Weekend reading: “The state of antitrust” edition
This is a post we publish each Friday with links to articles that touch on economic inequality and growth. The first section is a round-up of what Equitable Growth published this week and the second is relevant and interesting articles we’re highlighting from elsewhere. We won’t be the first to share these articles, but we hope by taking a look back at the whole week, we can put them in context.
Equitable Growth round-up
Criminal antitrust filings and civil nonmerger actions have fallen in the United States, while U.S. GDP growth has outpaced growth in antitrust appropriations, writes Michael Kades in a new report on the state of U.S. antitrust enforcement. Kades looks at the number and type of cases brought by enforcers at the Federal Trade Commission and the U.S. Department of Justice’s Antitrust Division, the resources Congress provides for antitrust enforcement, and the merger filing-fee system that has become the primary source of funding for federal antitrust enforcement.
Just as the Federal Reserve cut interest rates for the second time this year, Somin Park warns that super-low interest rates may actually harm economic growth by reducing competition and investment. In a post detailing the findings of a new working paper, Park writes that a drop in interest rates can have one of two effects: one in which firms ramp up investment to raise productivity and expand market power to gain higher future profits (good for the economy), and one in which the productivity gap between a leading firm and its industry competitors grows so wide that investment from both sides dries up (not good for the economy). The authors of the working paper posit that whether the first or the second effect takes place may depend on how low interest rates are to begin with, before they are lowered even further.
Equitable Growth President and CEO Heather Boushey testified before the House Budget Committee this week on “solutions to rising economic inequality.” Her testimony covered long-term challenges facing the U.S. economy, such as increasing inequality and decreasing mobility, how such trends hurt economic growth and productivity, and concluded with policy solutions to tackle these systemic problems.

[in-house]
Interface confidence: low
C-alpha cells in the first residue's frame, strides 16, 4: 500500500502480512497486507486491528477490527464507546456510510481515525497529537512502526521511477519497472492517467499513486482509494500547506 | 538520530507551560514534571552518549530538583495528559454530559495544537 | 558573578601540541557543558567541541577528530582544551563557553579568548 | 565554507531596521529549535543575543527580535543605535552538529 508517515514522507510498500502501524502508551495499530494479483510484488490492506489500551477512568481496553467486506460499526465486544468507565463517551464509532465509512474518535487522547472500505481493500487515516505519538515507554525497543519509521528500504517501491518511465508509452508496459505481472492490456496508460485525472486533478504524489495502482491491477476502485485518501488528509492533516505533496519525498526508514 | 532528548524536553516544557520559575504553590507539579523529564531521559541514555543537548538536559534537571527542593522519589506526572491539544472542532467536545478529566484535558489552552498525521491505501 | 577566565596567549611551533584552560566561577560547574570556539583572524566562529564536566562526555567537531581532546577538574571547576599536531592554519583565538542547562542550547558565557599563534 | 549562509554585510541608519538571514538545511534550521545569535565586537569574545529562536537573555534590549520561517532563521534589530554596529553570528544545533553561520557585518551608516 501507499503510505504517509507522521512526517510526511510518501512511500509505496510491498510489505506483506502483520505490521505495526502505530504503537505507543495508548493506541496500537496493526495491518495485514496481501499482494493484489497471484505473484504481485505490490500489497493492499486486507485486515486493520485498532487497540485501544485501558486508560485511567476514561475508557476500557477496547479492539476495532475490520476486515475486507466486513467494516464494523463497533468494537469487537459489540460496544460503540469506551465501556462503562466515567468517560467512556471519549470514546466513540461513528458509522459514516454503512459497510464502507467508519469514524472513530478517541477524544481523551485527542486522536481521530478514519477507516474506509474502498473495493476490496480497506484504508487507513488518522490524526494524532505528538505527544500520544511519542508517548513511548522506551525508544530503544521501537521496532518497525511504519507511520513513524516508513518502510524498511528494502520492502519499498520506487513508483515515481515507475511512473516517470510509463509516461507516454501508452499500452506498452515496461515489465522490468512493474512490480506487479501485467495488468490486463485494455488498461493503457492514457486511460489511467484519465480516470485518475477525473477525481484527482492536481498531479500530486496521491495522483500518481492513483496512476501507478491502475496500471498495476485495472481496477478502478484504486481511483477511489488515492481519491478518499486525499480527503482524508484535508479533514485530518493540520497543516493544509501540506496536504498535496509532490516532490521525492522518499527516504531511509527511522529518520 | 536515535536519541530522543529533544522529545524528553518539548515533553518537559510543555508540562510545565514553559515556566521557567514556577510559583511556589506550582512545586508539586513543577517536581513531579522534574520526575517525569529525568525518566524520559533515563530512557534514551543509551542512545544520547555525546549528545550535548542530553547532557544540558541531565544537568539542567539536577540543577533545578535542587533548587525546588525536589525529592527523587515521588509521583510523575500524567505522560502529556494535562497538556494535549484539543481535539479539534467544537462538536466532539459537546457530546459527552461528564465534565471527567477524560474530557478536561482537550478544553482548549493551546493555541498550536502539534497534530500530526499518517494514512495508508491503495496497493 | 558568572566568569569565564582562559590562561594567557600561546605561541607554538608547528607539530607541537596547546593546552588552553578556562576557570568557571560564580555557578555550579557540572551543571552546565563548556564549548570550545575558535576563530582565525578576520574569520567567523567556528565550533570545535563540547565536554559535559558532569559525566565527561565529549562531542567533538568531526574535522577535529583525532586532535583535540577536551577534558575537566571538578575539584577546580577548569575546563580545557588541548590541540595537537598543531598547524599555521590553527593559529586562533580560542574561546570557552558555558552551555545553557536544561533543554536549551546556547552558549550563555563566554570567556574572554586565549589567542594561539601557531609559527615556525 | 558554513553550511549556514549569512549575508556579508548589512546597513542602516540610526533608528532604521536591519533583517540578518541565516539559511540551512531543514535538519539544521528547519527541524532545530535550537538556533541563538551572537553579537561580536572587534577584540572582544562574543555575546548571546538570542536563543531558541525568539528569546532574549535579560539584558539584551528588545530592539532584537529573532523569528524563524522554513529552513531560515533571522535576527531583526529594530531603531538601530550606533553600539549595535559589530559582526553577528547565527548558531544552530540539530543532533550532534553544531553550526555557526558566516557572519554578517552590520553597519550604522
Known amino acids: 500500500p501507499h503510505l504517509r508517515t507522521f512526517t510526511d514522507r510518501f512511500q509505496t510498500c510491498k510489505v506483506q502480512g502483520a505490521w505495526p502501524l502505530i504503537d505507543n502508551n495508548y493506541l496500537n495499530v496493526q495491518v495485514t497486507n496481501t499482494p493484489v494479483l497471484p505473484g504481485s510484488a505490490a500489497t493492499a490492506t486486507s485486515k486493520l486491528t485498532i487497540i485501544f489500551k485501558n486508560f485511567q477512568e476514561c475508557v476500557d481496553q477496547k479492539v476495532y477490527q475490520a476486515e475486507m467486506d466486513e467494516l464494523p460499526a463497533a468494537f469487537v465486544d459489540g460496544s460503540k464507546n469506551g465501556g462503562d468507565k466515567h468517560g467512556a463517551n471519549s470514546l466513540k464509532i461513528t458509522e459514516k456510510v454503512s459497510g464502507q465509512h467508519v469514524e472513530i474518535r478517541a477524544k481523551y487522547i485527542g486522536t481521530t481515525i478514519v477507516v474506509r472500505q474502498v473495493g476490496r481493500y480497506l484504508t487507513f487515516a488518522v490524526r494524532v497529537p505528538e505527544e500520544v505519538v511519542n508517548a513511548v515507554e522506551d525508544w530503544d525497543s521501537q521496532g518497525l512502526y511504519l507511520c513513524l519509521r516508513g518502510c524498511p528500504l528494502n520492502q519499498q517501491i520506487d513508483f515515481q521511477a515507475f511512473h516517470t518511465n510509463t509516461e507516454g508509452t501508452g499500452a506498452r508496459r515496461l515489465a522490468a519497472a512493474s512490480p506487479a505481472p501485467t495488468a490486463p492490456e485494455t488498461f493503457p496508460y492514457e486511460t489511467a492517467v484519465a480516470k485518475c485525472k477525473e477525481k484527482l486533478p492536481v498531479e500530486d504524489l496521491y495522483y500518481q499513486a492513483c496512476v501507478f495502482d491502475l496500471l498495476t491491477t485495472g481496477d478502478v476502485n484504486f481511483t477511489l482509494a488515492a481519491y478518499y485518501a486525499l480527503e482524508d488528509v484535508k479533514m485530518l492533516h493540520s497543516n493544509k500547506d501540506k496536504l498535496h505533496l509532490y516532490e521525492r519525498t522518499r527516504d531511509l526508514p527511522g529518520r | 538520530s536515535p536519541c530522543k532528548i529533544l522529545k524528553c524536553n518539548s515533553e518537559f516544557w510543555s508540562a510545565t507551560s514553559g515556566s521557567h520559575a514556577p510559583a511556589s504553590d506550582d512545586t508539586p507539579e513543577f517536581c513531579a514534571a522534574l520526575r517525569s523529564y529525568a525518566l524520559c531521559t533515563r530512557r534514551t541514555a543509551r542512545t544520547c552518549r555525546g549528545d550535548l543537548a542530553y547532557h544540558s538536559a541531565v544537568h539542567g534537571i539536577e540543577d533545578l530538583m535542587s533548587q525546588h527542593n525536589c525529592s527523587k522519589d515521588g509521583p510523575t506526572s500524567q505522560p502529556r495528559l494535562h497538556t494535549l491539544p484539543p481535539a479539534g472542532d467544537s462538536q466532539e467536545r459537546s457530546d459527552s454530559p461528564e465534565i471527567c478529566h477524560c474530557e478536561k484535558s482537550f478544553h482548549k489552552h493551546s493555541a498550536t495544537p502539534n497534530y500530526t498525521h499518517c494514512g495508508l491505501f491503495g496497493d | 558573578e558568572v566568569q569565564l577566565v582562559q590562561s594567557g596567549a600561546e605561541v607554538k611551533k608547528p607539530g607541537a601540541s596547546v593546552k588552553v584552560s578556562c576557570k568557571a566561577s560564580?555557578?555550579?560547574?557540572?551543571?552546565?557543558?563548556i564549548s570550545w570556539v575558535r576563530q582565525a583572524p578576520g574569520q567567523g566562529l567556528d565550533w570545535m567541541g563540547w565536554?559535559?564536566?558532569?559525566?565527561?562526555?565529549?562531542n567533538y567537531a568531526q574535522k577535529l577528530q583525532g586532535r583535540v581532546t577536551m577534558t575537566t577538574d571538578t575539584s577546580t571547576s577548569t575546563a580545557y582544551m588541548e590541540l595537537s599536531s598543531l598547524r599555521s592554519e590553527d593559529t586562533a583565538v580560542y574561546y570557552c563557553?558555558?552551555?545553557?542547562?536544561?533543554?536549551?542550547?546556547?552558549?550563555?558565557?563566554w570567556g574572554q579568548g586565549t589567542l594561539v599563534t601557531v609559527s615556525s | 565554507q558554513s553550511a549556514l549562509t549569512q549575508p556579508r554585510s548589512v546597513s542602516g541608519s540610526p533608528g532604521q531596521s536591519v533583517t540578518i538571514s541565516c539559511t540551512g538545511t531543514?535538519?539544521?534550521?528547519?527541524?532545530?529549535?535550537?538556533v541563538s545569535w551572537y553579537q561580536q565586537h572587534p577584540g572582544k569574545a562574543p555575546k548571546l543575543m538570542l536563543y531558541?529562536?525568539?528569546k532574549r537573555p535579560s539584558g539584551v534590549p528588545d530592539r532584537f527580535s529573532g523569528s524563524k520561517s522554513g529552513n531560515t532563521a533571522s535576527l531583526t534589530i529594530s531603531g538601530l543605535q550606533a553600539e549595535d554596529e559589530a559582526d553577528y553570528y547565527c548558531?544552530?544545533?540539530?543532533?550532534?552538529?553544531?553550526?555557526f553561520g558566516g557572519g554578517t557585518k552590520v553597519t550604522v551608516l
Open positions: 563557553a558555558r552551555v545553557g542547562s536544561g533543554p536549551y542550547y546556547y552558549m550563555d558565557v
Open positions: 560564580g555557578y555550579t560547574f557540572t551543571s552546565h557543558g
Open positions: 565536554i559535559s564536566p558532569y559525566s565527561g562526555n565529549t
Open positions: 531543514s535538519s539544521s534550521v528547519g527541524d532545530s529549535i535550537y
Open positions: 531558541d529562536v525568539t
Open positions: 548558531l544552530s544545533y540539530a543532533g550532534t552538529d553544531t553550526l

Economic inequality and monetary policy are indeed closely linked, writes Somin Park, even if inequality doesn’t overtly relate to the Federal Reserve’s dual mandates of maximum employment and price stability. Reviewing the recent literature on the topic, Park shows that inequality and monetary policy affect one another through various and important means—and, as such, inequality should be a consideration for the Fed in order to maximize the effectiveness of its monetary policy.
Heather Boushey details in Politico Magazine why it’s important for federal policymakers to understand how the fruits of economic growth are distributed up and down the income ladder in the United States. In her piece for Politico’s “How to Fix Politics” feature in Inequality, Boushey calls for Congress to fund the work by the U.S. Bureau of Economic Analysis to disaggregate economic growth so that policymakers can “conceptualize and analyze economic progress” as a “vital step toward better, fairer growth.”